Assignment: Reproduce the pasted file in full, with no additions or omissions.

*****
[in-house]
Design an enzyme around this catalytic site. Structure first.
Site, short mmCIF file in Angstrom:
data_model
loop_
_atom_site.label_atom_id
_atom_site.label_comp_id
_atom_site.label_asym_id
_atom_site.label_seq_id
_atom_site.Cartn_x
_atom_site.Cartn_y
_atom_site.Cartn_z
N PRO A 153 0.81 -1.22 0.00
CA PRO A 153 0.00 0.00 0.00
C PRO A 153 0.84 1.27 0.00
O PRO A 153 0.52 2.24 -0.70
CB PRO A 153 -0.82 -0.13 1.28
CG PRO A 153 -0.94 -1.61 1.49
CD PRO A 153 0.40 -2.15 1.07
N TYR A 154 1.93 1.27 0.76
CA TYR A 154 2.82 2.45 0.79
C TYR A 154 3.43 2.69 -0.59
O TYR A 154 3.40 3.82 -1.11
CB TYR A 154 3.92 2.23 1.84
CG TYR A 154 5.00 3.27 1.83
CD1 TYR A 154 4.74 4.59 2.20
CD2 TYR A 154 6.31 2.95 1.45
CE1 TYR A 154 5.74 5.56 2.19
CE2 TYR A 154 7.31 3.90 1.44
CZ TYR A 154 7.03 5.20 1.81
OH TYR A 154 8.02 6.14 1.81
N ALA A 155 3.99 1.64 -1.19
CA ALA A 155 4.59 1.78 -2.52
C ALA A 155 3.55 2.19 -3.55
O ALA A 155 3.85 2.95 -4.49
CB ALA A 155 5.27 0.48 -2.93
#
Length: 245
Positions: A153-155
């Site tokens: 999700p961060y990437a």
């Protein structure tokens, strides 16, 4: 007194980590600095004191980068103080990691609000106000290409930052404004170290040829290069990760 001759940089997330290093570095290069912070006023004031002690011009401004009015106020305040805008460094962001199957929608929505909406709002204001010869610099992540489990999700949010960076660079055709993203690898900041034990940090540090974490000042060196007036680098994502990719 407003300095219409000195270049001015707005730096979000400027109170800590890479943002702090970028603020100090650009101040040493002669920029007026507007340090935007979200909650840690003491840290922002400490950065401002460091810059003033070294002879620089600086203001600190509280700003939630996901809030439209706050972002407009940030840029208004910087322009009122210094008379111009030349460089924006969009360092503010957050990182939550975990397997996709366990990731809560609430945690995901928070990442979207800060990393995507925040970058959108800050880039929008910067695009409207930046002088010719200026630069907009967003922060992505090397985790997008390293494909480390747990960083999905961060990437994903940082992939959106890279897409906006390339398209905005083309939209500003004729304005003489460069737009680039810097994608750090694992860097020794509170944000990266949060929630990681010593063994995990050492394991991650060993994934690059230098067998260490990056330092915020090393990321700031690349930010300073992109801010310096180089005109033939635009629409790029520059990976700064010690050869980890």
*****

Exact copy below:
[in-house]
Design an enzyme around this catalytic site. Structure first.
Site, short mmCIF file in Angstrom:
data_model
loop_
_atom_site.label_atom_id
_atom_site.label_comp_id
_atom_site.label_asym_id
_atom_site.label_seq_id
_atom_site.Cartn_x
_atom_site.Cartn_y
_atom_site.Cartn_z
N PRO A 153 0.81 -1.22 0.00
CA PRO A 153 0.00 0.00 0.00
C PRO A 153 0.84 1.27 0.00
O PRO A 153 0.52 2.24 -0.70
CB PRO A 153 -0.82 -0.13 1.28
CG PRO A 153 -0.94 -1.61 1.49
CD PRO A 153 0.40 -2.15 1.07
N TYR A 154 1.93 1.27 0.76
CA TYR A 154 2.82 2.45 0.79
C TYR A 154 3.43 2.69 -0.59
O TYR A 154 3.40 3.82 -1.11
CB TYR A 154 3.92 2.23 1.84
CG TYR A 154 5.00 3.27 1.83
CD1 TYR A 154 4.74 4.59 2.20
CD2 TYR A 154 6.31 2.95 1.45
CE1 TYR A 154 5.74 5.56 2.19
CE2 TYR A 154 7.31 3.90 1.44
CZ TYR A 154 7.03 5.20 1.81
OH TYR A 154 8.02 6.14 1.81
N ALA A 155 3.99 1.64 -1.19
CA ALA A 155 4.59 1.78 -2.52
C ALA A 155 3.55 2.19 -3.55
O ALA A 155 3.85 2.95 -4.49
CB ALA A 155 5.27 0.48 -2.93
#
Length: 245
Positions: A153-155
């Site tokens: 999700p961060y990437a």
């Protein structure tokens, strides 16, 4: 007194980590600095004191980068103080990691609000106000290409930052404004170290040829290069990760 001759940089997330290093570095290069912070006023004031002690011009401004009015106020305040805008460094962001199957929608929505909406709002204001010869610099992540489990999700949010960076660079055709993203690898900041034990940090540090974490000042060196007036680098994502990719 407003300095219409000195270049001015707005730096979000400027109170800590890479943002702090970028603020100090650009101040040493002669920029007026507007340090935007979200909650840690003491840290922002400490950065401002460091810059003033070294002879620089600086203001600190509280700003939630996901809030439209706050972002407009940030840029208004910087322009009122210094008379111009030349460089924006969009360092503010957050990182939550975990397997996709366990990731809560609430945690995901928070990442979207800060990393995507925040970058959108800050880039929008910067695009409207930046002088010719200026630069907009967003922060992505090397985790997008390293494909480390747990960083999905961060990437994903940082992939959106890279897409906006390339398209905005083309939209500003004729304005003489460069737009680039810097994608750090694992860097020794509170944000990266949060929630990681010593063994995990050492394991991650060993994934690059230098067998260490990056330092915020090393990321700031690349930010300073992109801010310096180089005109033939635009629409790029520059990976700064010690050869980890």